CSEN 907 Knowledge Representation and Reasoning (Elective for MET)

## Course Information

### Abstract

• Knowledge represenation and reasoning (KRR) is considered to be the sub-filed of artificial intelligence concerned with the representation of information in computers in ways that allow computers to draw reasonable conclusions from them. Representation is mostly declarative, using a formal language with clear syntax and semantics, and inference rules that define what conclusions are reasonable---in other words, a logic. Classical logics, such as propositional and first-order logics, were primarily designed to lay the foundations of mathematics. But, when it comes to commonsense KRR, such logics need to be extended/modified to effectively and efficiently capture human-like reasoning modes. This course covers the general principles of knowledge representation and reasoning. Students who pass this course will have acquired the fundamentals needed to pursue research in any of the specialized KRR areas.

### Outline

• What is "knowledge", "representation", and "reasoning"?
• Propositional logic
• Reasoning in propositional logic
• First-order logic
• Reasoning in first-order logic
• Formalizing commonsense reasoning
• Modal logic
• Non-monotonic logic
• The logic of time
• Problems in non-monotonic temporal reasoning
• Belief change and reason maintenance
• The logic of causality

### Objectives

• After passing this course, students should be able to do the following.

1-Argue for and against the definition of knowledge as justified true belief.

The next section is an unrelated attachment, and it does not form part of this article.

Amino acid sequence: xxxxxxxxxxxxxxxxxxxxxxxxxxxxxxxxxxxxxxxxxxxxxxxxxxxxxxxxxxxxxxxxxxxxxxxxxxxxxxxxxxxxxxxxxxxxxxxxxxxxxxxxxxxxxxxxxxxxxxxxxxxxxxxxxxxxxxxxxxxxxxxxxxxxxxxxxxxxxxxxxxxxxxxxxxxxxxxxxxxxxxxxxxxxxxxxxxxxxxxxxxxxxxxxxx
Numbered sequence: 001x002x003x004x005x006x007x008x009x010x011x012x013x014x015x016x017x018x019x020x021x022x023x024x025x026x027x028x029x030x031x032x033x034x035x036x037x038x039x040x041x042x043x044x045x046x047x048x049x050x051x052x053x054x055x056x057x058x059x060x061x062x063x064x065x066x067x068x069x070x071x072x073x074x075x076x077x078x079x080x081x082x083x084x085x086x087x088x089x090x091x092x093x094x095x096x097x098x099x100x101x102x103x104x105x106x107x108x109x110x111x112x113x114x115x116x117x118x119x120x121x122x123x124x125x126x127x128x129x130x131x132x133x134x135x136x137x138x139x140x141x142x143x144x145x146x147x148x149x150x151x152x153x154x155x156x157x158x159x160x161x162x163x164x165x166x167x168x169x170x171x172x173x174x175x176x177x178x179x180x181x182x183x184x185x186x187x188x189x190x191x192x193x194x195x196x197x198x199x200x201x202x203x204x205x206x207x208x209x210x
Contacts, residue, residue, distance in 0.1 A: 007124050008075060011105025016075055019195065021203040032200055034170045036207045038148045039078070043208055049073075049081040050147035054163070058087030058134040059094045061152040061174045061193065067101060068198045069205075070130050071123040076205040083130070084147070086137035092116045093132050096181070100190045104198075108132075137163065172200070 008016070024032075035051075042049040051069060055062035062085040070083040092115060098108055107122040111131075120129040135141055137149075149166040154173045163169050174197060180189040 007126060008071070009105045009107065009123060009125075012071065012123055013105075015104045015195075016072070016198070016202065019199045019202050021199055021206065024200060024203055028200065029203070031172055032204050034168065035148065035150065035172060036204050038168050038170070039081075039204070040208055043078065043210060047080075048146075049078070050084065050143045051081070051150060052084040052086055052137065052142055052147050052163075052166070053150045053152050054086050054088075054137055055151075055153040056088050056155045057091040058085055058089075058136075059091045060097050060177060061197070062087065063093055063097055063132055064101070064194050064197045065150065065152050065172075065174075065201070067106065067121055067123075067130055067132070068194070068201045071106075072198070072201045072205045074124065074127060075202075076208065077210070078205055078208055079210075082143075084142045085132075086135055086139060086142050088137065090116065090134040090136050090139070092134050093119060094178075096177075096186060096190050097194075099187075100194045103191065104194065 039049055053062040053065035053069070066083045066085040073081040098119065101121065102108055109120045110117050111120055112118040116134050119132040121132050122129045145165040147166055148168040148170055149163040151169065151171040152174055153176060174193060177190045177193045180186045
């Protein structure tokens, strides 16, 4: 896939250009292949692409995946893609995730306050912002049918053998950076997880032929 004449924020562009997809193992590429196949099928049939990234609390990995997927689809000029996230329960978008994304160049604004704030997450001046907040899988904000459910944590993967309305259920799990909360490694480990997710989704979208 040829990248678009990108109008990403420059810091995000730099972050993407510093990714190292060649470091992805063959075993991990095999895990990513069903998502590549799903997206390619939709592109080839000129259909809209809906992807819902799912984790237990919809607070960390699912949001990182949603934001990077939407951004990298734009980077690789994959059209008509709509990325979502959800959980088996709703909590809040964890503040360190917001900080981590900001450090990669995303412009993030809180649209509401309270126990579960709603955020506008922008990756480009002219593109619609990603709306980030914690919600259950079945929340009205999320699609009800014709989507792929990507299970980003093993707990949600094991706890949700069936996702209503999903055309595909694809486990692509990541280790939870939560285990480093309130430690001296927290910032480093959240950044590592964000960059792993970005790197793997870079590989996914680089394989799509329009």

2-Identify different types of reasonig.
3-Prove properties of the syntax of propositional logic.
4-Prove properties of the semantics of propositional logic.
5-Compute the interpretation of a propositional WFF given a truth assignment.
6-Determine whether a propositional WFF is valid (contradictory, satisfiable).
7-Determine whether a set of propositional WFFs logically imply a propositional WFF.
8-Determine whether two propositional WFFs are logically equivalent.
9-Identify valid propsitional arguments.
10-Apply a tableau method to determine the validity of a propositional argument.
11-Construct propositional derivations using natural deduction.
12-Demonstrate 3--11 for first-order logic.
13-Construct detivations using resolution refutation.
14-Unify two expressions.
15-Translate English sentences into first-order logic WFFs.
16-Construct domain theories for simple domains.
17-Identify the necessity of domain closure axioms and unique-names axioms.
18-Demonstrate 3--9 and 11 for propositional modal logic.
19-Demonstrate 3--9 and 11 for first-order modal logic.
20-Distinguish between de re and de discto readings of sentences.
21-Construct possible worlds semantics for systems with and without the Barcan formula.
22-Correctly represent knowledge involing equality in first-order modal logic.
23-Compute entailments given the closed-world assumption and the general closed world assumption.
24-Compute the circumscription of a theory.
25-Compute extensions of default theories.
26-Identify Allen's interval relations.
27-Represent temporal reports using tense logic and Allen's interval logic.
28-Identify events, processes, and states.
29-Analyze theories suffering from the frame problem, the Yale shooting problem, and the ramification problem.

### Textbooks

• Knowledge Representation and Reasoning
Ronald Brachman and Hector Levesque.
Morgan Kaufmann Publications. ISBN-10 1-55860-932-6